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'Free' schools suffer as enrollments drop

Published: 05 Sep 2012 10:29 GMT+02:00
Updated: 05 Sep 2012 10:29 GMT+02:00

“It is a shrinking market and it is key to try to keep as many students as possible. Some schools won’t survive,” said Anders Hultin, CEO of JB Education, Sweden’s next to largest free school concern, to Swedish business daily Dagens Industri (DI).

According to a report by the Swedish National Agency for Education (Skolverket), the number of high school students has fallen by 30,000 in three years and another 60,000 are predicted to disappear within the next two academic years.

Sweden’s free schools make up a quarter of the market and if the number of students keep falling as expected, free schools will lose some 16,000 students, which correlates to an the annual loss of around 1.6 billion kronor ($238 million).

And experts are saying that there is a clear trend showing that fewer students apply to the formerly very popular free schools today than in past years.

Signs of the changing fortunes for Sweden's free schools began to emerge last spring, when fewer than half of Stockholm's 120 free high schools had managed to fill half of the spots available, according to a May report by Sveriges Radio (SR).

Three of the Stockholm schools didn't even have one student set to enroll for the autumn term.

In addition, no new free schools have started up in the last year and three existing schools were forced to close down, according to DI.

Despite schools have been aware of the decrease in students for some time, they are still struggling to adapt financially, due to long lease periods among other things.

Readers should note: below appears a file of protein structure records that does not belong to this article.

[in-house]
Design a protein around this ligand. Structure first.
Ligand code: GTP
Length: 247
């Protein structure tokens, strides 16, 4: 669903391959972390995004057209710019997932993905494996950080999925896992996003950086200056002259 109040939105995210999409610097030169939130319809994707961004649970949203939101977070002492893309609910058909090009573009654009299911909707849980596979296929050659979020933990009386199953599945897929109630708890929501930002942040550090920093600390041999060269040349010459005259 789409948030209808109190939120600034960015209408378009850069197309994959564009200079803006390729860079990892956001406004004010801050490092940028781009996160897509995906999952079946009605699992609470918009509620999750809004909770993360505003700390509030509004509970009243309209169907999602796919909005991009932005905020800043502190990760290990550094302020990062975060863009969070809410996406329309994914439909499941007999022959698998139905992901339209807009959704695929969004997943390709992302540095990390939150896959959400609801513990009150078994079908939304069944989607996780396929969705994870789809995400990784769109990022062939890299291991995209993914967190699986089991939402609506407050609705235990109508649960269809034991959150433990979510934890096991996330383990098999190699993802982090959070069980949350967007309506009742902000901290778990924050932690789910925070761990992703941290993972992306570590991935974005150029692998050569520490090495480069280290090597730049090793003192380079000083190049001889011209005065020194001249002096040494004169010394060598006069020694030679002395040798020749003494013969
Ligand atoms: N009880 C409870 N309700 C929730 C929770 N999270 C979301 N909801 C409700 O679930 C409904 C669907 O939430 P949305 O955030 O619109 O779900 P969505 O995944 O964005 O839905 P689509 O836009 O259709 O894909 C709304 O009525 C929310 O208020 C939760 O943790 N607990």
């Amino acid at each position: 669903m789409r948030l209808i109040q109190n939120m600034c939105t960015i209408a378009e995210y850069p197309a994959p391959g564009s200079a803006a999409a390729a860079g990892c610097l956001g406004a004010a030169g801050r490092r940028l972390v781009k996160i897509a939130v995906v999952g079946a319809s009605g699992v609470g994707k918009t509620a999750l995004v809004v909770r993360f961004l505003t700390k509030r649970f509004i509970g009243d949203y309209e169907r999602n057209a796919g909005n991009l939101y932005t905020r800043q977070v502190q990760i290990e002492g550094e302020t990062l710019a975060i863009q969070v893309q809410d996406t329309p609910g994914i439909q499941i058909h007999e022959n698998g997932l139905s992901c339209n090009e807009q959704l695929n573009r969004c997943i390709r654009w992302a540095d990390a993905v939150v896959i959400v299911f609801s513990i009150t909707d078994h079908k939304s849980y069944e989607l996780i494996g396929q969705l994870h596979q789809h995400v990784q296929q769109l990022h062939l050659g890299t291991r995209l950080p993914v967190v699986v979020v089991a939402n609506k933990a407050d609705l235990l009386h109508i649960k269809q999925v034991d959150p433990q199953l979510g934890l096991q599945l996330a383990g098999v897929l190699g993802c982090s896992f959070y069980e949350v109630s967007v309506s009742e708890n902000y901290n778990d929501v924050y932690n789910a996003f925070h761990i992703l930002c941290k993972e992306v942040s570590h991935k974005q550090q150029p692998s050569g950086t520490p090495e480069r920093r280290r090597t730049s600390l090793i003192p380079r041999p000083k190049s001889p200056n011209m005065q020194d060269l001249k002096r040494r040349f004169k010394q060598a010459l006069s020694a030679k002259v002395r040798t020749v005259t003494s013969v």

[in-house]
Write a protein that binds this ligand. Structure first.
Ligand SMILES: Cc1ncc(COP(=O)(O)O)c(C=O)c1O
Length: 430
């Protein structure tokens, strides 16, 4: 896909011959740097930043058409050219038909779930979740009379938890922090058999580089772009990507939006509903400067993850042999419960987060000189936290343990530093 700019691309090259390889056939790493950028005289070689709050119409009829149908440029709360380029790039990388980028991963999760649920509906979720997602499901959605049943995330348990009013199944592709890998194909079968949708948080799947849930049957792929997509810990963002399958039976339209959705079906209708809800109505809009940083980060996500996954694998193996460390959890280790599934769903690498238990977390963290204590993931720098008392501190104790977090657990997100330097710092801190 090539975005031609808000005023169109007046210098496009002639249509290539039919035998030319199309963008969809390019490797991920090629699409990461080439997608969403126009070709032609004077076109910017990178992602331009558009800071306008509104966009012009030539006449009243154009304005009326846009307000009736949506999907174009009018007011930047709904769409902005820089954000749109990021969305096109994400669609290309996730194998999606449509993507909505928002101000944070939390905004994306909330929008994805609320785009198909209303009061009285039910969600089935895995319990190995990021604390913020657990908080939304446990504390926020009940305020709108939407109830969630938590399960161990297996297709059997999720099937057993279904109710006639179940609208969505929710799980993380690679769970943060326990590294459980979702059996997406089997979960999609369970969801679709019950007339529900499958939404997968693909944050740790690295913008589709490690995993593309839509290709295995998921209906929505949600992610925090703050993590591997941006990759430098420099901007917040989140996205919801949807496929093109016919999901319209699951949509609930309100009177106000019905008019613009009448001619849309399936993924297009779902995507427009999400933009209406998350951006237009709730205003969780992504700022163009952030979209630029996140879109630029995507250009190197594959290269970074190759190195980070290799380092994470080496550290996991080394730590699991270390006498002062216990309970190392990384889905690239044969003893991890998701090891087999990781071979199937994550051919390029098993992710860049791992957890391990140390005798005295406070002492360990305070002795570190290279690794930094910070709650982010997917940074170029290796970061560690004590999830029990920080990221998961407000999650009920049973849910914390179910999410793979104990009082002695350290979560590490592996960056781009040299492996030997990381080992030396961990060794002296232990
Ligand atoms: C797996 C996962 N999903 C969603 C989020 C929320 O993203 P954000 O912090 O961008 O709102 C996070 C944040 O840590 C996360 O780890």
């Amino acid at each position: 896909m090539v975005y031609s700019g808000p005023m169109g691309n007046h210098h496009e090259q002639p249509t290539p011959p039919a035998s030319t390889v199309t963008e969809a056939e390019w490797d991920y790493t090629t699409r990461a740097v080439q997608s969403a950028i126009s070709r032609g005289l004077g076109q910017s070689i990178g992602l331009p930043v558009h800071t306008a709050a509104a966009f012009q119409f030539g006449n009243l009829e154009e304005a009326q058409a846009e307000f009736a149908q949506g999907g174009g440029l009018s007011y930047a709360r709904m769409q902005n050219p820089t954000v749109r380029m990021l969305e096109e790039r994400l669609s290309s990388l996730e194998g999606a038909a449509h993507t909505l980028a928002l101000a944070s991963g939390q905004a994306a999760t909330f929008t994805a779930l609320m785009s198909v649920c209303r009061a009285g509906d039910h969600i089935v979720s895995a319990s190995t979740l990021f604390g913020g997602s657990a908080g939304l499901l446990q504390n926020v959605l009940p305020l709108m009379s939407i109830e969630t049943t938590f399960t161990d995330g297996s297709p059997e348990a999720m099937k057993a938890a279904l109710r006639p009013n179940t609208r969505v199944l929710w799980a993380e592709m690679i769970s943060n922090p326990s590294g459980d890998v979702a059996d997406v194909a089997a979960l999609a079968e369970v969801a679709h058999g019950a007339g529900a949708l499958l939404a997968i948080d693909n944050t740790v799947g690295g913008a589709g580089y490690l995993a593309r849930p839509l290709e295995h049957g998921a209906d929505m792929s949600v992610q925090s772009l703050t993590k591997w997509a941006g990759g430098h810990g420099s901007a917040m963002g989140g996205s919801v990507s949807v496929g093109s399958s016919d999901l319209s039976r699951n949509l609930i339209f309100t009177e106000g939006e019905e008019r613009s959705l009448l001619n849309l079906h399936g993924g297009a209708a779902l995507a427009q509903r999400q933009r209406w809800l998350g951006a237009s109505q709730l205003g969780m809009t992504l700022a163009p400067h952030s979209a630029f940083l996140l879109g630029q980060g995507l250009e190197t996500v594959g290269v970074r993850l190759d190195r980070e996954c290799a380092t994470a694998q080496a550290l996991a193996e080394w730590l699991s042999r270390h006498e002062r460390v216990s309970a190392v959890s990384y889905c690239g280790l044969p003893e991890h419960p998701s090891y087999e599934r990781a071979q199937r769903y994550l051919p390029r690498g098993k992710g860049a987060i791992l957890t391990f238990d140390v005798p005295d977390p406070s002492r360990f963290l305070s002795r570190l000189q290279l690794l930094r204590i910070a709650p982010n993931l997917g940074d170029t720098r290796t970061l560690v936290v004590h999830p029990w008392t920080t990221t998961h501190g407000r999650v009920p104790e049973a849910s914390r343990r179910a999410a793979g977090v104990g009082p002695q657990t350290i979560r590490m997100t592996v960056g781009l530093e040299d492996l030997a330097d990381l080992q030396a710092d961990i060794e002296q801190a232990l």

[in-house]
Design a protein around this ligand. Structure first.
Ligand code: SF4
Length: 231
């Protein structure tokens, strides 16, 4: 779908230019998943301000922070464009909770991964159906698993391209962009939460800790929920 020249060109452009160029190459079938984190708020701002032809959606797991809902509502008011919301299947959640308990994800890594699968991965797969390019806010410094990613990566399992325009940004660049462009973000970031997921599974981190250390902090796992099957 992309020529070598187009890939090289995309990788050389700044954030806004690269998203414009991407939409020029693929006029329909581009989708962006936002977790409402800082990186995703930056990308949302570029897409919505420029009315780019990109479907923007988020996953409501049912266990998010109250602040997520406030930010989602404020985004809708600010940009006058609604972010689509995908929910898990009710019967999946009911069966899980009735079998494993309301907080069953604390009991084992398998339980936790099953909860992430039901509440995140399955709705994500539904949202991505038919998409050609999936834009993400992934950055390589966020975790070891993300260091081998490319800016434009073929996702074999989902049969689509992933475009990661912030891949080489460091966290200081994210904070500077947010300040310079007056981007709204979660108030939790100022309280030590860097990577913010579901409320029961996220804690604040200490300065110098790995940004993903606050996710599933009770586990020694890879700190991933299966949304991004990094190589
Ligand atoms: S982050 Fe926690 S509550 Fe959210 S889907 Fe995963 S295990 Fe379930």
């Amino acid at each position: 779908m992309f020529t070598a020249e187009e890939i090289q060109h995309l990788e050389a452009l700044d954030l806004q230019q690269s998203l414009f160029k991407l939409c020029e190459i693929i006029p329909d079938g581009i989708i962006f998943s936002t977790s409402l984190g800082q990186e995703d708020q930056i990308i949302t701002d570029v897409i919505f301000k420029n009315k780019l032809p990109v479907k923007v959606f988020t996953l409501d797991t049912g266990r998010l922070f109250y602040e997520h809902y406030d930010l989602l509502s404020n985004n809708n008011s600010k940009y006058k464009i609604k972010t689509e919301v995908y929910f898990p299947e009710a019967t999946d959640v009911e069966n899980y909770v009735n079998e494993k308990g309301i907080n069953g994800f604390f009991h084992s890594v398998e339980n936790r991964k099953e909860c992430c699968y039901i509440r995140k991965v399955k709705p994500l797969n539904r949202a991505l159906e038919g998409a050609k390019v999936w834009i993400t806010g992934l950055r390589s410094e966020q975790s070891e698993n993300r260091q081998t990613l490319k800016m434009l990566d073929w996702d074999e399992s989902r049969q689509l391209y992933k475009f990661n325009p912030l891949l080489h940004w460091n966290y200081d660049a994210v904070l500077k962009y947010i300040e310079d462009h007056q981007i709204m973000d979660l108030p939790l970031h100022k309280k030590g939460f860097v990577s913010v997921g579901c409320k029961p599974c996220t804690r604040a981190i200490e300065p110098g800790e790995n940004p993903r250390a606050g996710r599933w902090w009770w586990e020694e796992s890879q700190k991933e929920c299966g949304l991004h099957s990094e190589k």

Marcus Strömberg, the CEO of free school Academedia, believes that Sweden will see more schools go out of business over the next few years as the margins for free schools continue to shrink.

“Profit margins for free schools are at 6-8 percent. The margins have fallen by a few percent compared to two or three years ago,” Strömberg told DI.

TT/Rebecca Martin

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The Local (news@thelocal.se)

Your comments about this article

10:51 September 5, 2012 by Heebz
1.6 billion kronor is not equivalent to $238,000!
11:06 September 5, 2012 by The Local
@Heebz thanks for checking our maths. We've since corrected the figure.
12:20 September 5, 2012 by StockholmSam
This topic could get very interesting.

I have worked at two different free schools. One was absolutely fantastic. The other was a dreadful experience for both students and teachers. The really funny thing is that the fantastic school never once stated in staff meetings that being the best was a goal; all they wanted was to improve what they were already doing well, which was teaching. And they treated their teachers with endless respect. It was a joy to work there. The worthless school invested massive amounts of money marketing itself as a premiere school and a feeder for top universities. They continue to market themselves as "the best" and every time I see this arrogant, overly competitive attitude come out in their advertising, I just shake my head and think of those poor kids and poor teachers. The teachers were overworked, underpaid and abused by management.
12:27 September 5, 2012 by engagebrain
Stoeckholm Sam

as a parent is difficult to assess schools - which school was good and which bad ?
14:09 September 5, 2012 by Programmeny
I don't understand this article. It says free school students number are dropping. Okay, but why? And why is it of any importance if those students study in private school? I don't see what's wrong with that.
21:22 September 5, 2012 by aussie_expat212
I find this article rather misleading. I also work for a free school and our school is over-subscribed every year. We have around 160 places in each year group and we have 800 children in line...and that is for enrollments in 2018! Our company doubles in size every 3 years and is growing at an exponential rate...so yes, some free schools may be failing to gain numbers etc, but others are performing in leaps and bounds beyond all other schools, and not just 'free' schools.
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